- Arthur C Clarke and Michael Kube-McDowell, The Trigger – I’d like this book a lot more if it didn’t have an ex-baseball star President who speaks in non-stop sports metaphors. Also, the references to Arthur C Clarke (including Clarke’s three laws and Clarke Orbits) are quite grating. Forgettable
- Thomas Harris, Black Sunday – bad thriller
- Thomas Harris, Red Dragon – okay thriller
- Thomas Harris, Silence of the Lambs – actually quite good thriller
- Harold Pinter, The Dwarves – this is early Pinter, and about as full of non-sequiturs and strangeness as you’d expect. It strikes me that Harold Pinter would have been great on Twitter.
- Charlie Brooker, Dawn of the Dumb – lots of Guardian Screen Burn pieces. I love Charlie Brooker greatly, and this made me chuckle out loud a few times.
- Geraint Anderson, Cityboy – he wrote a column for thelondonpaper and now the guts of it are available in paper form. Again. On smaller pages and you pay for them. I mostly picked this up as a partner to ‘Kill Your Friends’. Of the two, this is much more enjoyable.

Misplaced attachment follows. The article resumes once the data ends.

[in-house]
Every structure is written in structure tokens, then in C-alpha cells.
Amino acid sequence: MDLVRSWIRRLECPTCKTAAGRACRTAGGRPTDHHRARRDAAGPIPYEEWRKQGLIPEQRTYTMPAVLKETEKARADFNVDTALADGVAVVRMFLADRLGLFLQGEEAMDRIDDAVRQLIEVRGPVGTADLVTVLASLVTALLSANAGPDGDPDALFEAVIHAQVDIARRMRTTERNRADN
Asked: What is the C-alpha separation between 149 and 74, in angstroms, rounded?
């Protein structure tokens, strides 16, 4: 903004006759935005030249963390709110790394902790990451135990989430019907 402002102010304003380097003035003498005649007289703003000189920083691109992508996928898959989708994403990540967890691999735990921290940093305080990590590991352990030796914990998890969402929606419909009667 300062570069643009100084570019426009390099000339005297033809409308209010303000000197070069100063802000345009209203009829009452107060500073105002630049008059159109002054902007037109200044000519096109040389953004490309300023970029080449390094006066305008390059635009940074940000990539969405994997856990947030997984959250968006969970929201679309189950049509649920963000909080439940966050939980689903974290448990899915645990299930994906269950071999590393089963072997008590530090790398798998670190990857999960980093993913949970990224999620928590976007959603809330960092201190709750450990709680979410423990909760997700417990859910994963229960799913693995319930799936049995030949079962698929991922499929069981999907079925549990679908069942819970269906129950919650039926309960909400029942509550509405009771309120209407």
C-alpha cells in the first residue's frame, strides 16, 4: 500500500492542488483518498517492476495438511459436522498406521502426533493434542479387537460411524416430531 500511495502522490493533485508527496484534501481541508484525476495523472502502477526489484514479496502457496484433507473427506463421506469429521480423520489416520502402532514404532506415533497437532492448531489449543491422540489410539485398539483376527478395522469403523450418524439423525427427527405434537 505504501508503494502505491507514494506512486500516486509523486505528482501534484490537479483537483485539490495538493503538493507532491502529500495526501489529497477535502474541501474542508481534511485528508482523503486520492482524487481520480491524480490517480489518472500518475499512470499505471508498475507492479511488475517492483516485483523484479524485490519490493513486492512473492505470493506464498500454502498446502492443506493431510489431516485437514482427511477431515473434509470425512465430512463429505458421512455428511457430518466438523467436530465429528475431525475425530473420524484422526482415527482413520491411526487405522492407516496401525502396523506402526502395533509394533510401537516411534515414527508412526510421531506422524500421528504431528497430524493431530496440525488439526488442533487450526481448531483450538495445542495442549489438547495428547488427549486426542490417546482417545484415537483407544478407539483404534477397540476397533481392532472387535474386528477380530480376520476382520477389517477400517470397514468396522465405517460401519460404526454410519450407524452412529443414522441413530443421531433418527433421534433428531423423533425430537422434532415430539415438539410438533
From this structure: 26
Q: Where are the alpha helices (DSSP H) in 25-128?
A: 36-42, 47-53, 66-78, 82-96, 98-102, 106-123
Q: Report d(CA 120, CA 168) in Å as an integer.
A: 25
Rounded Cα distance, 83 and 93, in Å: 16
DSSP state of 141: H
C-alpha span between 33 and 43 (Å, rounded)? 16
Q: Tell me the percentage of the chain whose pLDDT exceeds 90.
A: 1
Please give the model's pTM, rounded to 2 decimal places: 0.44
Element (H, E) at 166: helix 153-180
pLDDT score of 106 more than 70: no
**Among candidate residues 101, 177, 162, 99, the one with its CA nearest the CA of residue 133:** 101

- John Niven, Kill Your Friends – horrible, horrible book. Imagine ‘American Psycho’ set in the British record industry in the 90s, but with less imagination and wit. Horrible.
- Stephen Fry, Moab is my Washpot – Stephen Fry’s brilliant autobiography, covering his life at school up to his 18th birthday. It was released after ‘The Liar’, but I read it first and I’m glad I did.
- Stephen Fry, The Liar – semi-autobiographical novel which (especially having just put down his autobiography) turns out to match his actual school life quite closely indeed. Quite brilliantly funny too.
- Tom Rob Smith, Child 44 – On the one hand, Tom Rob Smith has too many first names and is younger than me. On the other hand, it’s quite a good read, if suffering from a bit of a format plot. Robert Harris could have written it, if you know what I mean. That said, it’s as deserving of bestseller status as anything you’ll find in an airport this year.
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